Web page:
Clonal diversity and connectedness of turtle grass (Thalassia testudinum) populations in a UNESCO Biosphere Reserve

James J. Campanella, Paul A.X. Bologna, Maria Carvalho, John V. Smalley, Mohamedhakim Elakhrass, Robert W. Meredith, Nadia Zaben

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John, American Virgin Island turtlegrass are not clonal populations. John's populations have high connectivity to each other. We assessed Thalassia testudinum population genetics among four bays in St. John (United States Virgin Islands), a protected UNESCO Biosphere Reserve. Our results suggest that the St. John T. testudinum populations have (1) high sexual reproduction rates, (2) high levels of genetic diversity and low levels of inbreeding relative to other seagrass populations in less protected geographic areas, and (3) high connectivity when separated by up to 12. km. Pairwise FST values among the island populations ranged from 0.035 to 0.148. Additionally, we found that the T. testudinum outgroup population from an anthropogenically stressed bay in Florida is surprisingly diverse and shows few signs of inbreeding.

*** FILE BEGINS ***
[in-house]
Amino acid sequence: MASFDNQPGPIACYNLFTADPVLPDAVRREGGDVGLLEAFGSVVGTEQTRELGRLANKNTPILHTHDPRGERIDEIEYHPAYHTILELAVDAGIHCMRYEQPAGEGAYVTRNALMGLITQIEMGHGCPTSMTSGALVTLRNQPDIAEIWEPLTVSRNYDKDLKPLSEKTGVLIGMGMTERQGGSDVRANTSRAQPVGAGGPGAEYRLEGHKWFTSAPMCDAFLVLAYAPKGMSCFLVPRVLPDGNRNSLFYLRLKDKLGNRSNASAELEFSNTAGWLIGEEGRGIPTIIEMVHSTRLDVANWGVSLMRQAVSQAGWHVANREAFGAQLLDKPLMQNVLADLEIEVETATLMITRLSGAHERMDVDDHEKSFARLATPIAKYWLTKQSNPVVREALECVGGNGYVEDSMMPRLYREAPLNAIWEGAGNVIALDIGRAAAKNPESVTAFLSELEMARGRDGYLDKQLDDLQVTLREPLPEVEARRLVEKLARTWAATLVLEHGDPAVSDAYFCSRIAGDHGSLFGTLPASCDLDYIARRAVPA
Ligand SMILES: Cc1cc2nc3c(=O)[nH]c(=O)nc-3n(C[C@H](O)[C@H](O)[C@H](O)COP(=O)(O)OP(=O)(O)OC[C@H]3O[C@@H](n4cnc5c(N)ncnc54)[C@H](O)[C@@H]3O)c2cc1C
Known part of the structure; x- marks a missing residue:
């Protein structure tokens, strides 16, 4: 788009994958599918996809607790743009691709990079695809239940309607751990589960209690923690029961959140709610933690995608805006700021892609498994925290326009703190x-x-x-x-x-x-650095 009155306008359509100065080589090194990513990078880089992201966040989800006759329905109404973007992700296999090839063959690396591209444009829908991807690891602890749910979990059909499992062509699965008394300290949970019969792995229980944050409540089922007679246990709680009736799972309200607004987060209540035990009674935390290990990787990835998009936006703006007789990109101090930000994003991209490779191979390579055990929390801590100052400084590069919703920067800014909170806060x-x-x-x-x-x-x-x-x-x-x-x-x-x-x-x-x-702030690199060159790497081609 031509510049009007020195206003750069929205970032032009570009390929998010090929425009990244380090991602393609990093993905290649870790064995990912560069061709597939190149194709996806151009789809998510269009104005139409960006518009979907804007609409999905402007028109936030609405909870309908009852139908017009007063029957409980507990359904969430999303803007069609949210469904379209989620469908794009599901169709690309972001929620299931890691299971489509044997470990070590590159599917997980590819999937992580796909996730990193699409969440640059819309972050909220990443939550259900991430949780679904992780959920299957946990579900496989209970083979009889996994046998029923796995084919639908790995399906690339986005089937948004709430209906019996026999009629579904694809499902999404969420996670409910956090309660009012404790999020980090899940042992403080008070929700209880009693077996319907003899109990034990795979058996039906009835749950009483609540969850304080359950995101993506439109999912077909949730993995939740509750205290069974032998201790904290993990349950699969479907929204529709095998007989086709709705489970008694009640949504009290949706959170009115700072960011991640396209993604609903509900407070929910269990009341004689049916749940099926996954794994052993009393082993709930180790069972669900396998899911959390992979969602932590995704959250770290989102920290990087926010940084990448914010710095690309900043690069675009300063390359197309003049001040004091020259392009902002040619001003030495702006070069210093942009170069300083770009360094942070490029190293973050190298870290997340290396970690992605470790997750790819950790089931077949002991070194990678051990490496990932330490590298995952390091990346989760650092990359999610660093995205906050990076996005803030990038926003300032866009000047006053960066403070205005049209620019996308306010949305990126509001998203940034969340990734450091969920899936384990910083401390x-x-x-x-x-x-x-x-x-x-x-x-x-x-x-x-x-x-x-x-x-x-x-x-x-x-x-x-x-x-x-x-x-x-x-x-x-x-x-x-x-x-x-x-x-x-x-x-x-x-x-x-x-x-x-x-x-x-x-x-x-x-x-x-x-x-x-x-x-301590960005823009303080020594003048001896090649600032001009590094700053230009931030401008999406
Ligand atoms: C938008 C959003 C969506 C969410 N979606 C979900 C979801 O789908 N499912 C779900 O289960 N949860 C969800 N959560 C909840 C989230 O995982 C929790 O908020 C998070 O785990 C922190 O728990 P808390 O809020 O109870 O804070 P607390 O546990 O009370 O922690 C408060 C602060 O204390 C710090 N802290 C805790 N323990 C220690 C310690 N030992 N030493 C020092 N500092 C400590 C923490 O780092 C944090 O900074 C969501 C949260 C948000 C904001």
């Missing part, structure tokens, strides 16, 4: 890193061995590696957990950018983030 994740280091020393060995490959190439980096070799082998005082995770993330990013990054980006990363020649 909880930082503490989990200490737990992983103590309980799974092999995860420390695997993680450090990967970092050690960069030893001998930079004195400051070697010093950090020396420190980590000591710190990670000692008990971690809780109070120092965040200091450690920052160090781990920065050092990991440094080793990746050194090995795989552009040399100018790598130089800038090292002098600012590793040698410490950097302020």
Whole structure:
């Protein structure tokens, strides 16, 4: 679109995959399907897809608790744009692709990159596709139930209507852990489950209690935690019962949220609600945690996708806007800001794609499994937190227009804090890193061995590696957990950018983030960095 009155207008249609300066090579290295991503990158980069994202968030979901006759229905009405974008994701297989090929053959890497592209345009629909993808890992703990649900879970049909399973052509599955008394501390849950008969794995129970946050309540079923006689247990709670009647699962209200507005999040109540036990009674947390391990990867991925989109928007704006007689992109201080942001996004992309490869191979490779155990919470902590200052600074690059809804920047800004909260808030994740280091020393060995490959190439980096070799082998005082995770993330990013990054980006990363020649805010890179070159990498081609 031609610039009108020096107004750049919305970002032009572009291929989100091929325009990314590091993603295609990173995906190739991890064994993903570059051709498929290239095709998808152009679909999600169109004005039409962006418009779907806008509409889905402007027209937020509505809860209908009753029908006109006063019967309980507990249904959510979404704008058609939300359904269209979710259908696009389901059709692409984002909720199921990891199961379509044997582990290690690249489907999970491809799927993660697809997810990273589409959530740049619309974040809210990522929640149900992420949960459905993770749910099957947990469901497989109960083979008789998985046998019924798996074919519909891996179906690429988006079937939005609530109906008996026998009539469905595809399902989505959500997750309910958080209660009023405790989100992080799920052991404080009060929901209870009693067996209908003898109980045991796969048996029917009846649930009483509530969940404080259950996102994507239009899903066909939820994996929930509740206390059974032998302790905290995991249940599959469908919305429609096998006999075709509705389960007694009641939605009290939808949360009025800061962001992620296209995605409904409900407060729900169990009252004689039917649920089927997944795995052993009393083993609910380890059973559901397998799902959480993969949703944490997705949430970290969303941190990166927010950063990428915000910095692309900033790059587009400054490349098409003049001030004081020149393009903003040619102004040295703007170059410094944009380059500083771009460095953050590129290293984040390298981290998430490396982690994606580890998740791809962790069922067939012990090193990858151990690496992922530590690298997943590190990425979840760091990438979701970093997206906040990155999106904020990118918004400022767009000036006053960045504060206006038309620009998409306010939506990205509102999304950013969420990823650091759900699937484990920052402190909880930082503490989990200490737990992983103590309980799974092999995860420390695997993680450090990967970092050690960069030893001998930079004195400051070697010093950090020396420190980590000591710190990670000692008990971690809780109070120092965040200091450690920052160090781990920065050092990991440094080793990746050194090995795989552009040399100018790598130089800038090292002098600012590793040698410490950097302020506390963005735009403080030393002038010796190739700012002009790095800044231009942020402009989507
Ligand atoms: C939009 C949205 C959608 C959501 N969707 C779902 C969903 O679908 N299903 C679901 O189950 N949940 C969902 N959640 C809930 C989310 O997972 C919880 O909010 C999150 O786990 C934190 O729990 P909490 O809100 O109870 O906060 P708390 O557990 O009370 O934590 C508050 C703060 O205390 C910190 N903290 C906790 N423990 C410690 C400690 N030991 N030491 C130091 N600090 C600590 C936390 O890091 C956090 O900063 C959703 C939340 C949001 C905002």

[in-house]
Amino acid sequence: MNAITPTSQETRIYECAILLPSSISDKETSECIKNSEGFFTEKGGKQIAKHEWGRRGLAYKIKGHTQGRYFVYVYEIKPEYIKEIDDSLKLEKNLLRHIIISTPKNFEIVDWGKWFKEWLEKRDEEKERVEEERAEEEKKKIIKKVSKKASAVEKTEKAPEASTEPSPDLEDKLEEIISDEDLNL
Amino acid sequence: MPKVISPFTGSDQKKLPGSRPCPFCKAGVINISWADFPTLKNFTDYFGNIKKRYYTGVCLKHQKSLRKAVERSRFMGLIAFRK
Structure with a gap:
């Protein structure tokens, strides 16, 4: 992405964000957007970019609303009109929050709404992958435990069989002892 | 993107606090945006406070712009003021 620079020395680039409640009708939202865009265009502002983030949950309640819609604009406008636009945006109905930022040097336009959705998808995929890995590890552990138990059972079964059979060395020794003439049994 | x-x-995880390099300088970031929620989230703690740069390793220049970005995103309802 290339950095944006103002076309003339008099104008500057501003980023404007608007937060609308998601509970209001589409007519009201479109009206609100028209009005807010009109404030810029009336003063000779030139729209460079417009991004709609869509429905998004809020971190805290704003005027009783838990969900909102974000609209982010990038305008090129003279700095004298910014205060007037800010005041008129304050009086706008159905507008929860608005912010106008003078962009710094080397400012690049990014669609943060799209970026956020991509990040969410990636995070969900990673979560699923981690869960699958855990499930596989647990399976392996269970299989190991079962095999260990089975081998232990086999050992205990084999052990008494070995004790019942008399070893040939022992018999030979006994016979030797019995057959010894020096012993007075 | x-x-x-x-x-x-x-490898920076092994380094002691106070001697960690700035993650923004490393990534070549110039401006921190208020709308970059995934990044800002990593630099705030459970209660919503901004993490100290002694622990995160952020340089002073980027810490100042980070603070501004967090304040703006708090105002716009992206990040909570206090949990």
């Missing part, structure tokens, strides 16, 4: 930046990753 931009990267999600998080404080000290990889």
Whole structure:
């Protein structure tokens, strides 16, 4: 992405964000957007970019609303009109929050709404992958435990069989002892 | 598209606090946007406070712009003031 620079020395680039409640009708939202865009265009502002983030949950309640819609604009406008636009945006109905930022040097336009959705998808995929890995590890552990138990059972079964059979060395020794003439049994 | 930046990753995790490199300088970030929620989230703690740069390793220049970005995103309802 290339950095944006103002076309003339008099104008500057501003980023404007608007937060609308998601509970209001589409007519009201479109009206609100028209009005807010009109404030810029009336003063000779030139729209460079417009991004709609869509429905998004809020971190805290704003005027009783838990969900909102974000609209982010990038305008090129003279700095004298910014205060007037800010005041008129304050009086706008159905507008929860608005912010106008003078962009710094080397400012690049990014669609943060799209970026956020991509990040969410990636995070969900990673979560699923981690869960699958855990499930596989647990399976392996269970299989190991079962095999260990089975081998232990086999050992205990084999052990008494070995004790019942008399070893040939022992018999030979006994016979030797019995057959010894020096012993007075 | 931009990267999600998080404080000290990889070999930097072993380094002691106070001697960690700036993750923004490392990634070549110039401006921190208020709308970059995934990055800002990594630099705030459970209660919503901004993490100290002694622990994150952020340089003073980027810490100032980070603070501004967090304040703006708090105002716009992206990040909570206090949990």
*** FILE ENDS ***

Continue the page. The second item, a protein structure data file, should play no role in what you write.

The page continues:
Original languageEnglish
Pages (from-to)76-82
Number of pages7
JournalAquatic Botany
Publication statusPublished - 1 May 2015



  • Caribbean
  • Florida
  • Genetic diversity
  • Microsatellites
  • St. John
  • Tampa Bay
  • Thalassia testudinum
  • Turtle grass ecology
  • UNESCO Biosphere Reserve

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